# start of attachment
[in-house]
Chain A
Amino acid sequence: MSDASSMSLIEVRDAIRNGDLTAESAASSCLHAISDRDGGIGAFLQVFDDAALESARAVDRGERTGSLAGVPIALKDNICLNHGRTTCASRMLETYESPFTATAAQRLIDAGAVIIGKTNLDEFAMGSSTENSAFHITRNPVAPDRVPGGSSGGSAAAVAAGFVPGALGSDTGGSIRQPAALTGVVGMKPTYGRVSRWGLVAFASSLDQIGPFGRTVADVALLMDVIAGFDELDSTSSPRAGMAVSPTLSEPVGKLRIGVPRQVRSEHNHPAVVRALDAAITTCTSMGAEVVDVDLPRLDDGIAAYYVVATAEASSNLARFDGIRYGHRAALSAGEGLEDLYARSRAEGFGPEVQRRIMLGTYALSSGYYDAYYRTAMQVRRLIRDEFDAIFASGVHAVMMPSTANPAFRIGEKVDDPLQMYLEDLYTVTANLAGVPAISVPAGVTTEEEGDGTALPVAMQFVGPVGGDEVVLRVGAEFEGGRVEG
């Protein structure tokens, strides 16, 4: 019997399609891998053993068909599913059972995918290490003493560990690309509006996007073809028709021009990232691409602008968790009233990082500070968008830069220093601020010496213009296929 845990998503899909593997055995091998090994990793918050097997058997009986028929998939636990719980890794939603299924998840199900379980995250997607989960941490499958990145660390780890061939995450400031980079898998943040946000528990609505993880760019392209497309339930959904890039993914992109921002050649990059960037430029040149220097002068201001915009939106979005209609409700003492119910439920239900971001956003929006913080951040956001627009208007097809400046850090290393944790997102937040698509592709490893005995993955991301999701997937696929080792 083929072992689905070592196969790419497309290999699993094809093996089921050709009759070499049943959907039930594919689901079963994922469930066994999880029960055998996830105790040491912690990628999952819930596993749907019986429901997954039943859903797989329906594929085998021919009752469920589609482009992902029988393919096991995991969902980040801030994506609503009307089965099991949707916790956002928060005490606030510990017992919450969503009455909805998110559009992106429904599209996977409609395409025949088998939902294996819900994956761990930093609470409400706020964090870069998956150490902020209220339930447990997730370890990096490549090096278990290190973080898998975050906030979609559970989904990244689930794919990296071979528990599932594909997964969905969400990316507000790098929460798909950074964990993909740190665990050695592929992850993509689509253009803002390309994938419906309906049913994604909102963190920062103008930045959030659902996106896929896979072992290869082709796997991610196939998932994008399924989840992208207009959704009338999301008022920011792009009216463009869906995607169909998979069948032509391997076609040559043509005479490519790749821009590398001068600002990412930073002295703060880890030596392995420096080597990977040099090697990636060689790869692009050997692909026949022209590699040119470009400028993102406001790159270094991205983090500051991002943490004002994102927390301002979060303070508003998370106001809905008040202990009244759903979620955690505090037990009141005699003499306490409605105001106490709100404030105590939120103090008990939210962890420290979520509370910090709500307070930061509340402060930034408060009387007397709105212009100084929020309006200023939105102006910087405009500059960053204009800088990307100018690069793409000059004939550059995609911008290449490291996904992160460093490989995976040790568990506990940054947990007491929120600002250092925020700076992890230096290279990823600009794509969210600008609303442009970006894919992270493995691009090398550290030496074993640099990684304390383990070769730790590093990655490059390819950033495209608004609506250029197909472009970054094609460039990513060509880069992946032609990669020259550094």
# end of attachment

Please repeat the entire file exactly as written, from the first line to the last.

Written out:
[in-house]
Chain A
Amino acid sequence: MSDASSMSLIEVRDAIRNGDLTAESAASSCLHAISDRDGGIGAFLQVFDDAALESARAVDRGERTGSLAGVPIALKDNICLNHGRTTCASRMLETYESPFTATAAQRLIDAGAVIIGKTNLDEFAMGSSTENSAFHITRNPVAPDRVPGGSSGGSAAAVAAGFVPGALGSDTGGSIRQPAALTGVVGMKPTYGRVSRWGLVAFASSLDQIGPFGRTVADVALLMDVIAGFDELDSTSSPRAGMAVSPTLSEPVGKLRIGVPRQVRSEHNHPAVVRALDAAITTCTSMGAEVVDVDLPRLDDGIAAYYVVATAEASSNLARFDGIRYGHRAALSAGEGLEDLYARSRAEGFGPEVQRRIMLGTYALSSGYYDAYYRTAMQVRRLIRDEFDAIFASGVHAVMMPSTANPAFRIGEKVDDPLQMYLEDLYTVTANLAGVPAISVPAGVTTEEEGDGTALPVAMQFVGPVGGDEVVLRVGAEFEGGRVEG
């Protein structure tokens, strides 16, 4: 019997399609891998053993068909599913059972995918290490003493560990690309509006996007073809028709021009990232691409602008968790009233990082500070968008830069220093601020010496213009296929 845990998503899909593997055995091998090994990793918050097997058997009986028929998939636990719980890794939603299924998840199900379980995250997607989960941490499958990145660390780890061939995450400031980079898998943040946000528990609505993880760019392209497309339930959904890039993914992109921002050649990059960037430029040149220097002068201001915009939106979005209609409700003492119910439920239900971001956003929006913080951040956001627009208007097809400046850090290393944790997102937040698509592709490893005995993955991301999701997937696929080792 083929072992689905070592196969790419497309290999699993094809093996089921050709009759070499049943959907039930594919689901079963994922469930066994999880029960055998996830105790040491912690990628999952819930596993749907019986429901997954039943859903797989329906594929085998021919009752469920589609482009992902029988393919096991995991969902980040801030994506609503009307089965099991949707916790956002928060005490606030510990017992919450969503009455909805998110559009992106429904599209996977409609395409025949088998939902294996819900994956761990930093609470409400706020964090870069998956150490902020209220339930447990997730370890990096490549090096278990290190973080898998975050906030979609559970989904990244689930794919990296071979528990599932594909997964969905969400990316507000790098929460798909950074964990993909740190665990050695592929992850993509689509253009803002390309994938419906309906049913994604909102963190920062103008930045959030659902996106896929896979072992290869082709796997991610196939998932994008399924989840992208207009959704009338999301008022920011792009009216463009869906995607169909998979069948032509391997076609040559043509005479490519790749821009590398001068600002990412930073002295703060880890030596392995420096080597990977040099090697990636060689790869692009050997692909026949022209590699040119470009400028993102406001790159270094991205983090500051991002943490004002994102927390301002979060303070508003998370106001809905008040202990009244759903979620955690505090037990009141005699003499306490409605105001106490709100404030105590939120103090008990939210962890420290979520509370910090709500307070930061509340402060930034408060009387007397709105212009100084929020309006200023939105102006910087405009500059960053204009800088990307100018690069793409000059004939550059995609911008290449490291996904992160460093490989995976040790568990506990940054947990007491929120600002250092925020700076992890230096290279990823600009794509969210600008609303442009970006894919992270493995691009090398550290030496074993640099990684304390383990070769730790590093990655490059390819950033495209608004609506250029197909472009970054094609460039990513060509880069992946032609990669020259550094």